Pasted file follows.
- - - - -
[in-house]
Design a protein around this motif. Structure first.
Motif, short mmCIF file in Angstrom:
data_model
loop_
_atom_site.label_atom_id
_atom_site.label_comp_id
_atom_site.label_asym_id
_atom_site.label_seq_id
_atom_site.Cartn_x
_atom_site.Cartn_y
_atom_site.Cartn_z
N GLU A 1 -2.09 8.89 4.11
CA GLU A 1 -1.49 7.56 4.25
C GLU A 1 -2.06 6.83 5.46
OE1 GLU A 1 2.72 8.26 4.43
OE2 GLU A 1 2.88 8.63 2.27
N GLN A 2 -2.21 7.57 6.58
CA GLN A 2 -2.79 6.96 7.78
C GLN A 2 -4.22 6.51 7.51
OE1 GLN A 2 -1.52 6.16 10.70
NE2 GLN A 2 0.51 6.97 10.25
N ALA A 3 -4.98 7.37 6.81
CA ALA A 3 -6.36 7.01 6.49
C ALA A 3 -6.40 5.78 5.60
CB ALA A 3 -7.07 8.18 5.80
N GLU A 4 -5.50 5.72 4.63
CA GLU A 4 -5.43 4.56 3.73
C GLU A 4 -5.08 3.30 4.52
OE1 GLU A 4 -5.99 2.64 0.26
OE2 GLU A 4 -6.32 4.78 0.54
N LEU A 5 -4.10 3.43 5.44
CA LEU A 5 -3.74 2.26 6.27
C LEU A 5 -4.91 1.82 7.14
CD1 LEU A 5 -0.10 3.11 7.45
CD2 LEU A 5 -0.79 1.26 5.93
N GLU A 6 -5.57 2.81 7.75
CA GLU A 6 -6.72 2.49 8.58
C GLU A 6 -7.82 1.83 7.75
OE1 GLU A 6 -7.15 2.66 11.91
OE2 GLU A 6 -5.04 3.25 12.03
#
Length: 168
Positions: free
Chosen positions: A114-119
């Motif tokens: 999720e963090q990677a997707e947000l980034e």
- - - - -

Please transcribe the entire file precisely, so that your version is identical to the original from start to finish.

[in-house]
Design a protein around this motif. Structure first.
Motif, short mmCIF file in Angstrom:
data_model
loop_
_atom_site.label_atom_id
_atom_site.label_comp_id
_atom_site.label_asym_id
_atom_site.label_seq_id
_atom_site.Cartn_x
_atom_site.Cartn_y
_atom_site.Cartn_z
N GLU A 1 -2.09 8.89 4.11
CA GLU A 1 -1.49 7.56 4.25
C GLU A 1 -2.06 6.83 5.46
OE1 GLU A 1 2.72 8.26 4.43
OE2 GLU A 1 2.88 8.63 2.27
N GLN A 2 -2.21 7.57 6.58
CA GLN A 2 -2.79 6.96 7.78
C GLN A 2 -4.22 6.51 7.51
OE1 GLN A 2 -1.52 6.16 10.70
NE2 GLN A 2 0.51 6.97 10.25
N ALA A 3 -4.98 7.37 6.81
CA ALA A 3 -6.36 7.01 6.49
C ALA A 3 -6.40 5.78 5.60
CB ALA A 3 -7.07 8.18 5.80
N GLU A 4 -5.50 5.72 4.63
CA GLU A 4 -5.43 4.56 3.73
C GLU A 4 -5.08 3.30 4.52
OE1 GLU A 4 -5.99 2.64 0.26
OE2 GLU A 4 -6.32 4.78 0.54
N LEU A 5 -4.10 3.43 5.44
CA LEU A 5 -3.74 2.26 6.27
C LEU A 5 -4.91 1.82 7.14
CD1 LEU A 5 -0.10 3.11 7.45
CD2 LEU A 5 -0.79 1.26 5.93
N GLU A 6 -5.57 2.81 7.75
CA GLU A 6 -6.72 2.49 8.58
C GLU A 6 -7.82 1.83 7.75
OE1 GLU A 6 -7.15 2.66 11.91
OE2 GLU A 6 -5.04 3.25 12.03
#
Length: 168
Positions: free
Chosen positions: A114-119
């Motif tokens: 999720e963090q990677a997707e947000l980034e």